Lesson

The Story Goes On… (28:11-31)

Bible Passage: Acts 28:11-31

This last chapter of Acts is deliberately anti-climactic. Paul is finally in Rome, which had been his goal for so long, but he was under house arrest and so could not operate with total freedom. The response to his gospel proclamation was mixed, as it had been throughout the book of Acts, and this reminded Paul of the words of Isaiah about those who would hear but not understand. The clear sense is that there is more to do, more places to take the message to and more people still to reach. In ending the story in this way, the reader is being invited to pick up the baton and to continue the mission of God in our own day and time.

As well as looking at the specific passage, it could be good to tie together some of the big ideas of Acts in this sermon.

The Spread of the Gospel: At the beginning of Acts, Jesus commissions his disciples to be witnesses in Jerusalem, all Judea and Samaria, and to the ends of the earth. As the book goes on we see these places gradually being reached with the gospel. In the early chapters the focus is Jerusalem and Judea, then the gospel is taken to Samaria in chapter 8 and after this the mission to the gentiles shows the focus on the ends of the earth. Nowhere is more emblematic of this than Rome, and now as the book ends, Paul brings the gospel to the centre of the dominant earthly empire. There is no stopping the mission of God, and his word is for all the nations. This should prompt us to think about how we reach those around us and where God may be calling us to go.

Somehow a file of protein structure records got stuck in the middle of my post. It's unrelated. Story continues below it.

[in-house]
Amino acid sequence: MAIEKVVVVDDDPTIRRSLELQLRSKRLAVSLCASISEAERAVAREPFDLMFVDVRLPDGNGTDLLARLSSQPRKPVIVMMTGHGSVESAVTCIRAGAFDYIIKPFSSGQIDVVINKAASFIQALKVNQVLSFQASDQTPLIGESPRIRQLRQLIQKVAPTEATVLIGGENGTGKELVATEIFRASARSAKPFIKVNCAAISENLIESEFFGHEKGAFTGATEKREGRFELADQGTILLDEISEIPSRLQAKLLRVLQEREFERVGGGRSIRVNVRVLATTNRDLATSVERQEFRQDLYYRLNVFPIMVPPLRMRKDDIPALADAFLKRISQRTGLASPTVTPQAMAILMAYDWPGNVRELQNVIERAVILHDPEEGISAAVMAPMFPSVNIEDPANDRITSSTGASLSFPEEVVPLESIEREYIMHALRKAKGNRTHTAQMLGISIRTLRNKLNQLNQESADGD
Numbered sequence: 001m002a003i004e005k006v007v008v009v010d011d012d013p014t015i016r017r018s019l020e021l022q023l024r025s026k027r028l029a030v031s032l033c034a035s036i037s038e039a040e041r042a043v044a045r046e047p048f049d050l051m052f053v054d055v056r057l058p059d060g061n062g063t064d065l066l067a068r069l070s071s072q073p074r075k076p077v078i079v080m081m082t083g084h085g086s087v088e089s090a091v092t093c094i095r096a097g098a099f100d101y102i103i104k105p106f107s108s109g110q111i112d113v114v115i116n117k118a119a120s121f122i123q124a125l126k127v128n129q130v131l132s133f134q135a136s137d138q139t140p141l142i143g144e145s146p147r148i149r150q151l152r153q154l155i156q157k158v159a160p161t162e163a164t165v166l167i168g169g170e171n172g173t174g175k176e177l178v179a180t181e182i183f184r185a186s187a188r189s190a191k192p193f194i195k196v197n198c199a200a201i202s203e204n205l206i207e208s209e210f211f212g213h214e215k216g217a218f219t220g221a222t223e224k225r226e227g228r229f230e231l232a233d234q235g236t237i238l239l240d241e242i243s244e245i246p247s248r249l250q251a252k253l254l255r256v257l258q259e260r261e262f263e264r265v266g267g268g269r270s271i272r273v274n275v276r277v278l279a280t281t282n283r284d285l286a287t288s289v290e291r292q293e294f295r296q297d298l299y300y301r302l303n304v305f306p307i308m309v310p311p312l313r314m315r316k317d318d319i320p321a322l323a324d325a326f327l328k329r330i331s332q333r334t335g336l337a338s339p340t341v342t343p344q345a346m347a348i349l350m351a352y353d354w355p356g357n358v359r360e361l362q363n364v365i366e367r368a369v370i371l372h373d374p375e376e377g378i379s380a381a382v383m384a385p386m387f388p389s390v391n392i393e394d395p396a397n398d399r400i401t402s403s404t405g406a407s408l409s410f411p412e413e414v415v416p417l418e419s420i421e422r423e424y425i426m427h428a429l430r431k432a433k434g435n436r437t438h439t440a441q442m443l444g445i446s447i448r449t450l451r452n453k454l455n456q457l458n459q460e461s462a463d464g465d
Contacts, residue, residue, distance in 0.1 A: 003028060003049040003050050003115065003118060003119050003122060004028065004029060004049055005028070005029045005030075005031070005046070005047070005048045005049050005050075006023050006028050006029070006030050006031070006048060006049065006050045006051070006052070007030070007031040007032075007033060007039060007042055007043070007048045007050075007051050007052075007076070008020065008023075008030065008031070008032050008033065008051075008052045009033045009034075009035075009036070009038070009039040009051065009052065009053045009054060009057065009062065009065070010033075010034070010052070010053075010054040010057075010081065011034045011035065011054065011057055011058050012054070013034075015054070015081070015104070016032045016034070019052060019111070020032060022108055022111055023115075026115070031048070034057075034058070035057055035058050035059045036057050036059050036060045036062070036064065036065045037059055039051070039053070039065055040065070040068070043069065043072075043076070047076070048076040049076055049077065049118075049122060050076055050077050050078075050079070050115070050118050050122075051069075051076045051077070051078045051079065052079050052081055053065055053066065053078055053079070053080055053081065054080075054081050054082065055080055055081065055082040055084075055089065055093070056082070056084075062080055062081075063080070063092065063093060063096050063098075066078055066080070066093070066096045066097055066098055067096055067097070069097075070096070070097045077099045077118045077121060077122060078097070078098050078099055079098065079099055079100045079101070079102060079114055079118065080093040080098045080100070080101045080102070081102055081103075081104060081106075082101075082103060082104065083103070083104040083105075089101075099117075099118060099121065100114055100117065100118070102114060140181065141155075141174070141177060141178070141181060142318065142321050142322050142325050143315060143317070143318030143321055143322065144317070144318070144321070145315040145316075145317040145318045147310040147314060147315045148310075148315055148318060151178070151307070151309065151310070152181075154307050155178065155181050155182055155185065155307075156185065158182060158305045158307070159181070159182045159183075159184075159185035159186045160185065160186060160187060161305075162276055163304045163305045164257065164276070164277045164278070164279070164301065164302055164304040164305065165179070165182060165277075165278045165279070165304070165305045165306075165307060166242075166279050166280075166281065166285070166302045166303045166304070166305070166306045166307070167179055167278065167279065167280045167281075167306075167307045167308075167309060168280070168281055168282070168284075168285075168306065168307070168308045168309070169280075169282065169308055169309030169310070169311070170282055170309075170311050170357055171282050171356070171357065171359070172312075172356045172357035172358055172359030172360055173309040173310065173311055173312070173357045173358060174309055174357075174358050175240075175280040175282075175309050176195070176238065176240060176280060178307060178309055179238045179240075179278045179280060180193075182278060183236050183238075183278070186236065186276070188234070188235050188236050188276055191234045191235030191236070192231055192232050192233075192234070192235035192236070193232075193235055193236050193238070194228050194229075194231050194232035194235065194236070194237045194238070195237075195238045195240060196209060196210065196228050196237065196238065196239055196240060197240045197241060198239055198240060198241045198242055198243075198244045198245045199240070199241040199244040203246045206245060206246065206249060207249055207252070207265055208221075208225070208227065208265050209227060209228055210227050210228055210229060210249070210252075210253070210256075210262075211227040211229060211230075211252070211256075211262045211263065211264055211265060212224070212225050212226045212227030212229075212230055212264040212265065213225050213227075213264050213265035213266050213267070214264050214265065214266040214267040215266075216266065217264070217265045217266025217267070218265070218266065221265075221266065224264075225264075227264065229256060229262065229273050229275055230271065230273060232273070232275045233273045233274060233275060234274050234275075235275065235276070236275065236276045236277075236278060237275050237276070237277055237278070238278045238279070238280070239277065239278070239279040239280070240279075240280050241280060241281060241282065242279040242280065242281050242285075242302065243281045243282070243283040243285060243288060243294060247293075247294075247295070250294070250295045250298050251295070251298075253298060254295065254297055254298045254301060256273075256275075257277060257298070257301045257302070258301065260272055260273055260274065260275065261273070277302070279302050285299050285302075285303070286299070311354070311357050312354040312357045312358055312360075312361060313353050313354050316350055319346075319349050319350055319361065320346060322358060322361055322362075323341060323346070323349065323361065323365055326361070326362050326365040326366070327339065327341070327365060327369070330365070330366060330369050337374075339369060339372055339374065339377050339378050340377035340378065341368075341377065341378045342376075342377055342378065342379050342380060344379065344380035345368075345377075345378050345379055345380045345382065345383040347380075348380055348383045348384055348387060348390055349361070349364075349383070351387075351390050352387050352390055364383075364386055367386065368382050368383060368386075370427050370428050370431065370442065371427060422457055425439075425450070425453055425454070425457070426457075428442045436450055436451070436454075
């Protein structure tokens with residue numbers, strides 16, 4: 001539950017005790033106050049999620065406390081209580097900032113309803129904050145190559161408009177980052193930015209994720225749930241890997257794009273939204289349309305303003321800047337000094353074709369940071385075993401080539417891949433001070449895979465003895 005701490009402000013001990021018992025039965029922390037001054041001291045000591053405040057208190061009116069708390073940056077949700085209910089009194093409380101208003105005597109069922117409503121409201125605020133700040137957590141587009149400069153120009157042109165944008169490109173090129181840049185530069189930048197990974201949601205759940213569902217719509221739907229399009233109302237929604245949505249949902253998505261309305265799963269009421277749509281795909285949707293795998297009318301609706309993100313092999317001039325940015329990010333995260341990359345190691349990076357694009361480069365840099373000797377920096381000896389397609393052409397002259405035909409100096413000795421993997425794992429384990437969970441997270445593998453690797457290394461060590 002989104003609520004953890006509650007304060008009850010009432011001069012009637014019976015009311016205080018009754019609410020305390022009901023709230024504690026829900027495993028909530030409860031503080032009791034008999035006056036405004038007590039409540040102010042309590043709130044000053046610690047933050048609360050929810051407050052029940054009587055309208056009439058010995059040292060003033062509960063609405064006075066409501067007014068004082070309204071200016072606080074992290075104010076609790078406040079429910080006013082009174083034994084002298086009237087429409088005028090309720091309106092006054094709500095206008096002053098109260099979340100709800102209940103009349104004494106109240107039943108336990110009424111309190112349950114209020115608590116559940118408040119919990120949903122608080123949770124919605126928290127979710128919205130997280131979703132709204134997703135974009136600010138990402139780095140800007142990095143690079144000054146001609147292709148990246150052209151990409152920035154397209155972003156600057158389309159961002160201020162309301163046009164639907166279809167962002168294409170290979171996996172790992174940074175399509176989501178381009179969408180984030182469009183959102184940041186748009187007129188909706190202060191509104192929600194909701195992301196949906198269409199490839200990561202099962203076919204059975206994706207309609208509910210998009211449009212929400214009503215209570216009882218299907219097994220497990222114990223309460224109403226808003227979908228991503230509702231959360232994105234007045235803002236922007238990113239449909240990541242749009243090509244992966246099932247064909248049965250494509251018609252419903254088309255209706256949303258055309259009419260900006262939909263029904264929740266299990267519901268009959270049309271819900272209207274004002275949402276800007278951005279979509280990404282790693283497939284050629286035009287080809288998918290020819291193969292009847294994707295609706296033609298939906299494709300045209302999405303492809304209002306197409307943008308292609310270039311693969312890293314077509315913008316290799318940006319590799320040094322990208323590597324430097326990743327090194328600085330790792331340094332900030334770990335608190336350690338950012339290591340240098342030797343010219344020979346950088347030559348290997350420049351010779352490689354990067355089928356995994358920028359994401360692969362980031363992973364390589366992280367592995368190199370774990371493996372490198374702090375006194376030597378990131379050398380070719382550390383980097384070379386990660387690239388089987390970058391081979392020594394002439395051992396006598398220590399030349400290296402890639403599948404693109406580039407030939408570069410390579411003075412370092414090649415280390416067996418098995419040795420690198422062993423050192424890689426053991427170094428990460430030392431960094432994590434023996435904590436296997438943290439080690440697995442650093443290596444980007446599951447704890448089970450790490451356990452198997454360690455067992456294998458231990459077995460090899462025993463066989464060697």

Opposition to the Gospel: Paul’s circumstances in Rome were not as bad as in some other places, but he was still a prisoner living under house arrest. Again, this lines up with the story that has been told right through Acts. Those who are spreading the word of Jesus face opposition, persecution and suffering. In some cases this was martyrdom, in others it was arrest, and in others it was verbal rejection and scorn. We are not in control of the way people respond to us when we share the gospel with them, but we are called to be bold and fearless and to be ready for whatever opposition or persecution comes our way.

Response to the Gospel: Paul was invited to speak before the synagogue, who had not been sent any messages from Judea about him. He explained both his own situation and the gospel. In verse 24, we are told that some were convinced but others refused to believe. The gospel polarises people into these two responses, and Paul quotes Isaiah to show the hardness of heart of some. The story ends with Gentiles coming to Paul’s house to hear him proclaiming Jesus boldly. In order for someone to respond, there needs to be a work of God in their heart. Our job is to go on sharing about Jesus.

Potential Applications:

  • You could ask people to think of (and maybe share) the thing they have found most striking from this series on Acts.
  • You could spend some time praying for the spread of the gospel to different places. Challenge people whether they feel God is calling them to go or to support others who are going.
  • This is a great opportunity to encourage people to keep going in their own evangelism, even if the response is sometimes disappointing.